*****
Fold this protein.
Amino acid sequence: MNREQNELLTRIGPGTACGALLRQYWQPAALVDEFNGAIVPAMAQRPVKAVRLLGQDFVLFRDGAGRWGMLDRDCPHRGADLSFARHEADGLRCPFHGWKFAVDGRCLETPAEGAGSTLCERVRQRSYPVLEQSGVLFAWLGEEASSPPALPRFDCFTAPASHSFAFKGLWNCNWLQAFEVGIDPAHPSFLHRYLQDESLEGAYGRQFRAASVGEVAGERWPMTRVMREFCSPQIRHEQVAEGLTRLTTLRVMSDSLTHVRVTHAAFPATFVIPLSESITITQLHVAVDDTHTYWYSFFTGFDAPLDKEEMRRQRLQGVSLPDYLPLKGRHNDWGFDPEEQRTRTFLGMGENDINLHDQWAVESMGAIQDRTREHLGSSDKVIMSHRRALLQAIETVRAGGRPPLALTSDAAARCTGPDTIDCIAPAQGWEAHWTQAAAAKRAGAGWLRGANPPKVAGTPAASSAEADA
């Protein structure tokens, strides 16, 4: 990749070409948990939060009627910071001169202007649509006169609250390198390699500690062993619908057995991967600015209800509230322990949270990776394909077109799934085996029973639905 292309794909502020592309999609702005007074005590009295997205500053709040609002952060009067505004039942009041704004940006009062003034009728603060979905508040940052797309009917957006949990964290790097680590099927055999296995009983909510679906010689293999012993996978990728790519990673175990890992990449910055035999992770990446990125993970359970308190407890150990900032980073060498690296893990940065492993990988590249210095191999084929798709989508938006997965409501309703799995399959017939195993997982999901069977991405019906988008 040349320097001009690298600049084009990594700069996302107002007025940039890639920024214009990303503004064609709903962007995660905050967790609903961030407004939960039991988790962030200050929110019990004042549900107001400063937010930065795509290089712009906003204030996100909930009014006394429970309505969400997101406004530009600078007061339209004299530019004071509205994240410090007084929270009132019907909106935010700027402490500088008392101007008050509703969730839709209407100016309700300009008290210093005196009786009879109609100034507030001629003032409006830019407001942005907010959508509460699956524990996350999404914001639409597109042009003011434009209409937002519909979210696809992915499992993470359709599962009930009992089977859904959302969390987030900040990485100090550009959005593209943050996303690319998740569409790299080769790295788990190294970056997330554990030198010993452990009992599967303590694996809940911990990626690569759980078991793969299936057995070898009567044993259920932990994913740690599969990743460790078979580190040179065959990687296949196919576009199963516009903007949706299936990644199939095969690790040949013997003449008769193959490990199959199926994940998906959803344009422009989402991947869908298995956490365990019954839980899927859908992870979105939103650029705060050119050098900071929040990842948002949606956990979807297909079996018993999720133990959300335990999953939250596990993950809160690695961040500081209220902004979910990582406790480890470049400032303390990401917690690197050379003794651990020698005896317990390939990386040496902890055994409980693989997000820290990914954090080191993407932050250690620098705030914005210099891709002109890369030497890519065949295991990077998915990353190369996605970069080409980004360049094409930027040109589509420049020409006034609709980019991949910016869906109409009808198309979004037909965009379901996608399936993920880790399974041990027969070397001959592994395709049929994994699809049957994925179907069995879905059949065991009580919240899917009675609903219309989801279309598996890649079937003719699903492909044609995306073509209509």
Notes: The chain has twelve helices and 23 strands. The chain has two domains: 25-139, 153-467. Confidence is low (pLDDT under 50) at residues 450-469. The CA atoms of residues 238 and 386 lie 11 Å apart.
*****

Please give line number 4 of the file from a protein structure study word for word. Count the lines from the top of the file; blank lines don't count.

Notes: The chain has twelve helices and 23 strands. The chain has two domains: 25-139, 153-467. Confidence is low (pLDDT under 50) at residues 450-469. The CA atoms of residues 238 and 386 lie 11 Å apart.